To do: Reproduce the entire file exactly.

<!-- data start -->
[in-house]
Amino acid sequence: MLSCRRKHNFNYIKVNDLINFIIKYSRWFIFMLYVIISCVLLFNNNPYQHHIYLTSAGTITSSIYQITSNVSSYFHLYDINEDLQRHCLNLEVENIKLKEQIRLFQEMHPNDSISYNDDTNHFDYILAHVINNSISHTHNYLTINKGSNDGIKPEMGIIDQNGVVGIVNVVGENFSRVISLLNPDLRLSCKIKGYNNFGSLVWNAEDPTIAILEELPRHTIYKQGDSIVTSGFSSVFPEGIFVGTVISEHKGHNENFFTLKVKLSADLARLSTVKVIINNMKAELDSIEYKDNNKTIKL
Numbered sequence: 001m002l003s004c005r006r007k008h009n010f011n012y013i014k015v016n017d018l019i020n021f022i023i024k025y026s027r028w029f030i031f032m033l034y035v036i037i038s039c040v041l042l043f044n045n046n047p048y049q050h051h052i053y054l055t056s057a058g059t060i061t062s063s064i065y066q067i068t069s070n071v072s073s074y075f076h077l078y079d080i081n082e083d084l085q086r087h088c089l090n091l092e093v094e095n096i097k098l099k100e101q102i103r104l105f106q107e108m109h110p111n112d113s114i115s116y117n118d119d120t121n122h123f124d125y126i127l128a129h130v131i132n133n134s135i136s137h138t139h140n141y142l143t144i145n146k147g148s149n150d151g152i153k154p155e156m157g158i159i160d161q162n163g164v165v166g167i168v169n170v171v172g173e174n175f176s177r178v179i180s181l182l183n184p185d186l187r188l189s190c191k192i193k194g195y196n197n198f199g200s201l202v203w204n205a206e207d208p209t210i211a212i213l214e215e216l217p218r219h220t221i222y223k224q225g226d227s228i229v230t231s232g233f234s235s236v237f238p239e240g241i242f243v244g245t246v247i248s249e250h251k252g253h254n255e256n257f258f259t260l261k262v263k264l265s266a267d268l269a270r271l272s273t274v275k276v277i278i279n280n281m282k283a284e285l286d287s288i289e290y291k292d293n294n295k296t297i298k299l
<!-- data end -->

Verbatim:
[in-house]
Amino acid sequence: MLSCRRKHNFNYIKVNDLINFIIKYSRWFIFMLYVIISCVLLFNNNPYQHHIYLTSAGTITSSIYQITSNVSSYFHLYDINEDLQRHCLNLEVENIKLKEQIRLFQEMHPNDSISYNDDTNHFDYILAHVINNSISHTHNYLTINKGSNDGIKPEMGIIDQNGVVGIVNVVGENFSRVISLLNPDLRLSCKIKGYNNFGSLVWNAEDPTIAILEELPRHTIYKQGDSIVTSGFSSVFPEGIFVGTVISEHKGHNENFFTLKVKLSADLARLSTVKVIINNMKAELDSIEYKDNNKTIKL
Numbered sequence: 001m002l003s004c005r006r007k008h009n010f011n012y013i014k015v016n017d018l019i020n021f022i023i024k025y026s027r028w029f030i031f032m033l034y035v036i037i038s039c040v041l042l043f044n045n046n047p048y049q050h051h052i053y054l055t056s057a058g059t060i061t062s063s064i065y066q067i068t069s070n071v072s073s074y075f076h077l078y079d080i081n082e083d084l085q086r087h088c089l090n091l092e093v094e095n096i097k098l099k100e101q102i103r104l105f106q107e108m109h110p111n112d113s114i115s116y117n118d119d120t121n122h123f124d125y126i127l128a129h130v131i132n133n134s135i136s137h138t139h140n141y142l143t144i145n146k147g148s149n150d151g152i153k154p155e156m157g158i159i160d161q162n163g164v165v166g167i168v169n170v171v172g173e174n175f176s177r178v179i180s181l182l183n184p185d186l187r188l189s190c191k192i193k194g195y196n197n198f199g200s201l202v203w204n205a206e207d208p209t210i211a212i213l214e215e216l217p218r219h220t221i222y223k224q225g226d227s228i229v230t231s232g233f234s235s236v237f238p239e240g241i242f243v244g245t246v247i248s249e250h251k252g253h254n255e256n257f258f259t260l261k262v263k264l265s266a267d268l269a270r271l272s273t274v275k276v277i278i279n280n281m282k283a284e285l286d287s288i289e290y291k292d293n294n295k296t297i298k299l